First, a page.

Doing a Favor for Jon Huntsman

As the field of potential Republican 2012 contenders continues to thin out, simple math makes prospects brighten for anyone still around. Among those is of course Jon Huntsman Jr, former governor of Utah and Ambassador to China, a rising-star and comparative moderate widely assumed to be the Republican trickiest for Obama to handle -- if he could figure out how to become the Republican nominee. 

As a favor to Huntsman and as a public service, I'll get on the record a video clip that I suspect his own campaign (if/when he declares) won't be rushing to publicize. It is Huntsman's nomination speech for Sarah Palin at the 2008 GOP convention.

Getting this into circulation is a magical double-duty favor. It's a favor for Huntsman within the party, as a reminder that he has been willing to advance the straight conservative line when duty calls. (He was McCain's national campaign chairman.) And it's a favor for him with the general electorate, because getting it out now means it will be tired old news by next year, rather than an embarrassing potential "surprise."

Huntsman sounds in this clip as if he had a terrible sore throat that day. I can imagine him thinking now -- or perhaps even, with prescience, back at the time -- "Hmmm, I wonder what it would take to lose my voice entirely before I have to go on stage?" It you watch even the first five seconds, you'll get the idea -- of his state-of-voice, and of the speech's tone. But it would be a shame to miss the 70 seconds that begin at time 0:50. Or, while I'm at it, the last minute or so, with the Big Finish. For whatever it signifies*, here is Jon Huntsman introducing the then-next-vice-president of the United States.

You're welcome!

UPDATE: A reader who worked in the McCain 2008 campaign says that Huntsman had a temperature of 103 that day, but "really, really wanted to give the speech."

* On why no one can say what it signifies: another widely-ridiculed nomination speech was delivered at the 1988 Democratic convention, on behalf of Michael Dukakis. That speaker, another young governor, was practically laughed off the stage. He was of course Bill Clinton.
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James Fallows is a national correspondent for The Atlantic and has written for the magazine since the late 1970s. He has reported extensively from outside the United States and once worked as President Carter's chief speechwriter. His latest book is China Airborne. More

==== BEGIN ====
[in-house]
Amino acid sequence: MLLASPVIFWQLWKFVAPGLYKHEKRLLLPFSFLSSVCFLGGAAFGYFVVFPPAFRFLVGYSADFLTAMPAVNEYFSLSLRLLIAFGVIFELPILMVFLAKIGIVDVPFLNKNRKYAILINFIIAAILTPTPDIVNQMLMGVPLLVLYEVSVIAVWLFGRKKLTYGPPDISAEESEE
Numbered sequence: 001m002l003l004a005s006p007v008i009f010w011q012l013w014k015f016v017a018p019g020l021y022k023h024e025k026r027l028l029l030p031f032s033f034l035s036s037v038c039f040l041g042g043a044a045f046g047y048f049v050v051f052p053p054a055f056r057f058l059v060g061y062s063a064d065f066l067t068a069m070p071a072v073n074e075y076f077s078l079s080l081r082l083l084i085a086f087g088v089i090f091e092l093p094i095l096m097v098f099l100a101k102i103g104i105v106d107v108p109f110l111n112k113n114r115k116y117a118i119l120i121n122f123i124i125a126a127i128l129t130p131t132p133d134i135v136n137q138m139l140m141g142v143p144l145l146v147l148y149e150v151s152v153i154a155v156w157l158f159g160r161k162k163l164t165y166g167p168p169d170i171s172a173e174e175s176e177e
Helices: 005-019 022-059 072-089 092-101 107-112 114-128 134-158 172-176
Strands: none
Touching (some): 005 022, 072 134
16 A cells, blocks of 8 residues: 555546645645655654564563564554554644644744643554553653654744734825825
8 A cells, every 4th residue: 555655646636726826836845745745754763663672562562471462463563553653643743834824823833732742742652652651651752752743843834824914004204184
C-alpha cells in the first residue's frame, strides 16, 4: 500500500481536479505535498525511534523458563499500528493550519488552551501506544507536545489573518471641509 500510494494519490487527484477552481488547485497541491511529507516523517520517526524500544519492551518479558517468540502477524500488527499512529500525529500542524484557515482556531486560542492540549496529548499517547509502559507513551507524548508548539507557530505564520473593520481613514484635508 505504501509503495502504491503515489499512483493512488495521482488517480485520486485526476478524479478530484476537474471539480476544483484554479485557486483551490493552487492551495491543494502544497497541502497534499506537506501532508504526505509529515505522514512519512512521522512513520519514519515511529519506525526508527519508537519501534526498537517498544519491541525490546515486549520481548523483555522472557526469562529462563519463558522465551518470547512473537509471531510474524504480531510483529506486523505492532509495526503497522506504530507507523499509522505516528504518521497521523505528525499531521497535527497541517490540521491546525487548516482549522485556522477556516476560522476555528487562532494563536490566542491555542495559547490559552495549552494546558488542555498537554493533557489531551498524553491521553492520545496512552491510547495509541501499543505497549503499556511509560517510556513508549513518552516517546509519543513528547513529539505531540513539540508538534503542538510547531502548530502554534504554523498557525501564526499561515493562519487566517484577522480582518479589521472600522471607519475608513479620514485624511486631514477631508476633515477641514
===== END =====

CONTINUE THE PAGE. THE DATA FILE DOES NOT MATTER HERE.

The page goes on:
James Fallows is based in Washington as a national correspondent for The Atlantic. He has worked for the magazine for nearly 30 years and in that time has also lived in Seattle, Berkeley, Austin, Tokyo, Kuala Lumpur, Shanghai, and Beijing. He was raised in Redlands, California, received his undergraduate degree in American history and literature from Harvard, and received a graduate degree in economics from Oxford as a Rhodes scholar. In addition to working for The Atlantic, he has spent two years as chief White House speechwriter for Jimmy Carter, two years as the editor of US News & World Report, and six months as a program designer at Microsoft. He is an instrument-rated private pilot. He is also now the chair in U.S. media at the U.S. Studies Centre at the University of Sydney, in Australia.

Fallows has been a finalist for the National Magazine Award five times and has won once; he has also won the American Book Award for nonfiction and a N.Y. Emmy award for the documentary series Doing Business in China. He was the founding chairman of the New America Foundation. His recent books Blind Into Baghdad (2006) and Postcards From Tomorrow Square (2009) are based on his writings for The Atlantic. His latest book is China Airborne. He is married to Deborah Fallows, author of the recent book Dreaming in Chinese. They have two married sons.

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